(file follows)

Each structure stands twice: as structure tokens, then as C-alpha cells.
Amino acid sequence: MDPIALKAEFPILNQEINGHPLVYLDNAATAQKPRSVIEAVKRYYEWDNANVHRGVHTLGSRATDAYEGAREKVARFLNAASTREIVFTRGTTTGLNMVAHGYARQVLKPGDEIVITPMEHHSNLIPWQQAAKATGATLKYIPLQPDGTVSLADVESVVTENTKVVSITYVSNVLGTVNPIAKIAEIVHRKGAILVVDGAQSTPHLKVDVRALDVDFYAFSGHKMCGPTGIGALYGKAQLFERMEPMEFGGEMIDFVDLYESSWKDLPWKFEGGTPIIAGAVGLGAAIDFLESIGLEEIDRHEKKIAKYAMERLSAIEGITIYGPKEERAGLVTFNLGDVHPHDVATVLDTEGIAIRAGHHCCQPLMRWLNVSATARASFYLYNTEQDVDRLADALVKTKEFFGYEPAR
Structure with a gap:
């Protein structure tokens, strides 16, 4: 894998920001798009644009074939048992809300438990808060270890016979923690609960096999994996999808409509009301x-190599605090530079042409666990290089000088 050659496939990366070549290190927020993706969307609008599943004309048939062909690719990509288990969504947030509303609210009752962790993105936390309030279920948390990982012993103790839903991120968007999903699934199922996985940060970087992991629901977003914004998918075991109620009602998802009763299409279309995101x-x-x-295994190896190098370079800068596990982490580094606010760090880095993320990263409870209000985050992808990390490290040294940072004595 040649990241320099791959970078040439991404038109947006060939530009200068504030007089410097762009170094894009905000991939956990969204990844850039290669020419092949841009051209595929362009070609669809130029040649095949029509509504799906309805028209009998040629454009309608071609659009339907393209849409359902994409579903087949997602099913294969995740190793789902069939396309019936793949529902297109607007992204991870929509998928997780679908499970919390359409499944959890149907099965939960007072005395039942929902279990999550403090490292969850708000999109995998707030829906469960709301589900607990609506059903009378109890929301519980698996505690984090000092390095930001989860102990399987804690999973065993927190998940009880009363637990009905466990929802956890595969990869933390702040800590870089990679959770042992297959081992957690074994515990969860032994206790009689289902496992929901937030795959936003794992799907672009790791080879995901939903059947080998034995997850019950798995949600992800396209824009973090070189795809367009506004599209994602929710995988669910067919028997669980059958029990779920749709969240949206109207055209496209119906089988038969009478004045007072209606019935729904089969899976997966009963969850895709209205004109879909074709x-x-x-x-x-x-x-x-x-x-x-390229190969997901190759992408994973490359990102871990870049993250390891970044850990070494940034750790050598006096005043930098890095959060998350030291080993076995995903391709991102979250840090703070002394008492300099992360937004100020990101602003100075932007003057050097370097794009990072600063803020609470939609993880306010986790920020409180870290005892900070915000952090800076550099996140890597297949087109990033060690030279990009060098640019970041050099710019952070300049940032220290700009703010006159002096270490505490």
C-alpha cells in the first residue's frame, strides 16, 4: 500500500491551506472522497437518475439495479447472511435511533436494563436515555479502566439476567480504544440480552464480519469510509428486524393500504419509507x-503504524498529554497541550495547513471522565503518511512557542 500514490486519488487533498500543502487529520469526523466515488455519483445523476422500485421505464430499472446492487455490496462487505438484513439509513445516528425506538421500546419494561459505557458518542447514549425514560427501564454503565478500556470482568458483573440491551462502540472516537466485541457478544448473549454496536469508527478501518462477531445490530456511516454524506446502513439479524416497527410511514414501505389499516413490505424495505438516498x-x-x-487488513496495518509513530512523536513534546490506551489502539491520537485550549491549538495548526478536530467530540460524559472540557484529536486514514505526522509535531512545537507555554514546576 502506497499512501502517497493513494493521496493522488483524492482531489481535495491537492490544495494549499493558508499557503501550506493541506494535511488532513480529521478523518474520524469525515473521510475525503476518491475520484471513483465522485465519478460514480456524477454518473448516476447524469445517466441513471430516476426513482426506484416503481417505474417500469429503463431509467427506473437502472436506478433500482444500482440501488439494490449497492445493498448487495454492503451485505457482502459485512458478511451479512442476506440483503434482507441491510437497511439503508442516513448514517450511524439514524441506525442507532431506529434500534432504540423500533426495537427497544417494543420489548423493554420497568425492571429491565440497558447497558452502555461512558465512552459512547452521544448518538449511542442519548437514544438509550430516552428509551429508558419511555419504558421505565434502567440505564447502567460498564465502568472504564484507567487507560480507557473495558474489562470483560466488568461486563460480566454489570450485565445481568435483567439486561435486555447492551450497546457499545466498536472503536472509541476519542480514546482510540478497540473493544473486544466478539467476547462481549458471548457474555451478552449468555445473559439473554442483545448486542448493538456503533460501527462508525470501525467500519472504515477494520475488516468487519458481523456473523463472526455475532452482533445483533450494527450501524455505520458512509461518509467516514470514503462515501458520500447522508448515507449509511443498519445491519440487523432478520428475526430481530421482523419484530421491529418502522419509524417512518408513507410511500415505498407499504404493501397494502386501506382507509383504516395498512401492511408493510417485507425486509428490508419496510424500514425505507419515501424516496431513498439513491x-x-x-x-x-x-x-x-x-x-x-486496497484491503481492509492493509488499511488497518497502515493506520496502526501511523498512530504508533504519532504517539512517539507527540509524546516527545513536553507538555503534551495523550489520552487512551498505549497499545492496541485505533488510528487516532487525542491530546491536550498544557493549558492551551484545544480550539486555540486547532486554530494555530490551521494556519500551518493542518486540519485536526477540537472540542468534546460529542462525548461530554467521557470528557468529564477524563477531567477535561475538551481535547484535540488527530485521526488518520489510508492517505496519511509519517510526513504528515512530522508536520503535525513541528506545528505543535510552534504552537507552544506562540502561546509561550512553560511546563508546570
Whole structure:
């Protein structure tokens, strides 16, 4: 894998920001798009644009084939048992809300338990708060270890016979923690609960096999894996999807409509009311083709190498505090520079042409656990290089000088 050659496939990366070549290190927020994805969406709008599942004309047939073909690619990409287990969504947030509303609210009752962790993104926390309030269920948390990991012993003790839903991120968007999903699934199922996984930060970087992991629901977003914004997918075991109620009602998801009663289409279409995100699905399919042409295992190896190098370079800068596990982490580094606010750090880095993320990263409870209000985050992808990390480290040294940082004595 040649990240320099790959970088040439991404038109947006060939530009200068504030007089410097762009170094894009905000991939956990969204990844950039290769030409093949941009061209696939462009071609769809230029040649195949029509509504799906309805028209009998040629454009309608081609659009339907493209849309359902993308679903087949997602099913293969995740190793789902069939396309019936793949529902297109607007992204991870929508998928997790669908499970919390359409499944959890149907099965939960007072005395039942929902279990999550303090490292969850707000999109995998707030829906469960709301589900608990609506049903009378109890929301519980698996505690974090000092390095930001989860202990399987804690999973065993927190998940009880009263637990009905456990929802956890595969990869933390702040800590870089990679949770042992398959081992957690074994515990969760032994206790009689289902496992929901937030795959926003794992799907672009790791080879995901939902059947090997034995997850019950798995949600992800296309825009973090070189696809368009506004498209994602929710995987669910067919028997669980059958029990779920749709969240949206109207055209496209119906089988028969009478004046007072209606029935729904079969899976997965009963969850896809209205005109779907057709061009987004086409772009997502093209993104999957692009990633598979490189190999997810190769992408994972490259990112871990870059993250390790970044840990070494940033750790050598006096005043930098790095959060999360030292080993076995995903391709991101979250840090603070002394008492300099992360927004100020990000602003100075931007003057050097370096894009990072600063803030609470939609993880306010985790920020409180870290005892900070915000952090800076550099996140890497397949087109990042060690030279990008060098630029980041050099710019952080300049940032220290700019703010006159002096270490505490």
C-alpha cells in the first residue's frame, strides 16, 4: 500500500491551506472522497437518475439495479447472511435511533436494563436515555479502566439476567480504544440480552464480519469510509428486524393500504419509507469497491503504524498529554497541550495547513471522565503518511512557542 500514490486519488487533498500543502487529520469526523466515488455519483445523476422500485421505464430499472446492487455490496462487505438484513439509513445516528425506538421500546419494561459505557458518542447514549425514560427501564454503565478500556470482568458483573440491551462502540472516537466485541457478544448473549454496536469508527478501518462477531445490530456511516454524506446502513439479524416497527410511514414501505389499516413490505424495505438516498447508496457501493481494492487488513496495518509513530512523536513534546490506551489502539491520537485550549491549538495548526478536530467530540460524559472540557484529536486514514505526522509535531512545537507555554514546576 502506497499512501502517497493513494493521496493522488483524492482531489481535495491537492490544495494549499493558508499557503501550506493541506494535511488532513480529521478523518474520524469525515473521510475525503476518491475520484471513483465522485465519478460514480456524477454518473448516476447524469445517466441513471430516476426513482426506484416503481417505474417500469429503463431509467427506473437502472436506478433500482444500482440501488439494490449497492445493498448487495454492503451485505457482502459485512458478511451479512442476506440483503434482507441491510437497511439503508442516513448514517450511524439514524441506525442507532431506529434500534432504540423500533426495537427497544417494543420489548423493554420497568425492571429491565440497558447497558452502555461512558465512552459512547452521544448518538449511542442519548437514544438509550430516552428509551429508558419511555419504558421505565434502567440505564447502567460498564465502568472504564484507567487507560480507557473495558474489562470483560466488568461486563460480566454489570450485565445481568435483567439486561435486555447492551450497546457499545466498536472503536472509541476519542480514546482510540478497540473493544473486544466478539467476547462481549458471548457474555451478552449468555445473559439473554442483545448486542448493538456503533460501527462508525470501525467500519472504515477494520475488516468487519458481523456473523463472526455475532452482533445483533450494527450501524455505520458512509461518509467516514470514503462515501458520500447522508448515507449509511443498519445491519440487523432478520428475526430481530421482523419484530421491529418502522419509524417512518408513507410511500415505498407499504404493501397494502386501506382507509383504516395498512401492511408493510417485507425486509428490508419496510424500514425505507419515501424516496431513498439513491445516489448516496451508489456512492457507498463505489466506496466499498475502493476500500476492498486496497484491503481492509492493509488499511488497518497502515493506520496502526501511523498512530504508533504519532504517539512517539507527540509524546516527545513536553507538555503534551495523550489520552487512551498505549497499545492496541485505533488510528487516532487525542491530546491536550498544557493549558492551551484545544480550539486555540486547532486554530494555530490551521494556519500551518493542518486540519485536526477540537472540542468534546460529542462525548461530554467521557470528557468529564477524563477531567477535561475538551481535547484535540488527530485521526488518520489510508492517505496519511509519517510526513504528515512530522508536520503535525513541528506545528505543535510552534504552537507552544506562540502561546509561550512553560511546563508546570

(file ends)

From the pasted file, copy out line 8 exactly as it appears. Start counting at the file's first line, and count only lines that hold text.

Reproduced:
C-alpha cells in the first residue's frame, strides 16, 4: 500500500491551506472522497437518475439495479447472511435511533436494563436515555479502566439476567480504544440480552464480519469510509428486524393500504419509507469497491503504524498529554497541550495547513471522565503518511512557542 500514490486519488487533498500543502487529520469526523466515488455519483445523476422500485421505464430499472446492487455490496462487505438484513439509513445516528425506538421500546419494561459505557458518542447514549425514560427501564454503565478500556470482568458483573440491551462502540472516537466485541457478544448473549454496536469508527478501518462477531445490530456511516454524506446502513439479524416497527410511514414501505389499516413490505424495505438516498447508496457501493481494492487488513496495518509513530512523536513534546490506551489502539491520537485550549491549538495548526478536530467530540460524559472540557484529536486514514505526522509535531512545537507555554514546576 502506497499512501502517497493513494493521496493522488483524492482531489481535495491537492490544495494549499493558508499557503501550506493541506494535511488532513480529521478523518474520524469525515473521510475525503476518491475520484471513483465522485465519478460514480456524477454518473448516476447524469445517466441513471430516476426513482426506484416503481417505474417500469429503463431509467427506473437502472436506478433500482444500482440501488439494490449497492445493498448487495454492503451485505457482502459485512458478511451479512442476506440483503434482507441491510437497511439503508442516513448514517450511524439514524441506525442507532431506529434500534432504540423500533426495537427497544417494543420489548423493554420497568425492571429491565440497558447497558452502555461512558465512552459512547452521544448518538449511542442519548437514544438509550430516552428509551429508558419511555419504558421505565434502567440505564447502567460498564465502568472504564484507567487507560480507557473495558474489562470483560466488568461486563460480566454489570450485565445481568435483567439486561435486555447492551450497546457499545466498536472503536472509541476519542480514546482510540478497540473493544473486544466478539467476547462481549458471548457474555451478552449468555445473559439473554442483545448486542448493538456503533460501527462508525470501525467500519472504515477494520475488516468487519458481523456473523463472526455475532452482533445483533450494527450501524455505520458512509461518509467516514470514503462515501458520500447522508448515507449509511443498519445491519440487523432478520428475526430481530421482523419484530421491529418502522419509524417512518408513507410511500415505498407499504404493501397494502386501506382507509383504516395498512401492511408493510417485507425486509428490508419496510424500514425505507419515501424516496431513498439513491445516489448516496451508489456512492457507498463505489466506496466499498475502493476500500476492498486496497484491503481492509492493509488499511488497518497502515493506520496502526501511523498512530504508533504519532504517539512517539507527540509524546516527545513536553507538555503534551495523550489520552487512551498505549497499545492496541485505533488510528487516532487525542491530546491536550498544557493549558492551551484545544480550539486555540486547532486554530494555530490551521494556519500551518493542518486540519485536526477540537472540542468534546460529542462525548461530554467521557470528557468529564477524563477531567477535561475538551481535547484535540488527530485521526488518520489510508492517505496519511509519517510526513504528515512530522508536520503535525513541528506545528505543535510552534504552537507552544506562540502561546509561550512553560511546563508546570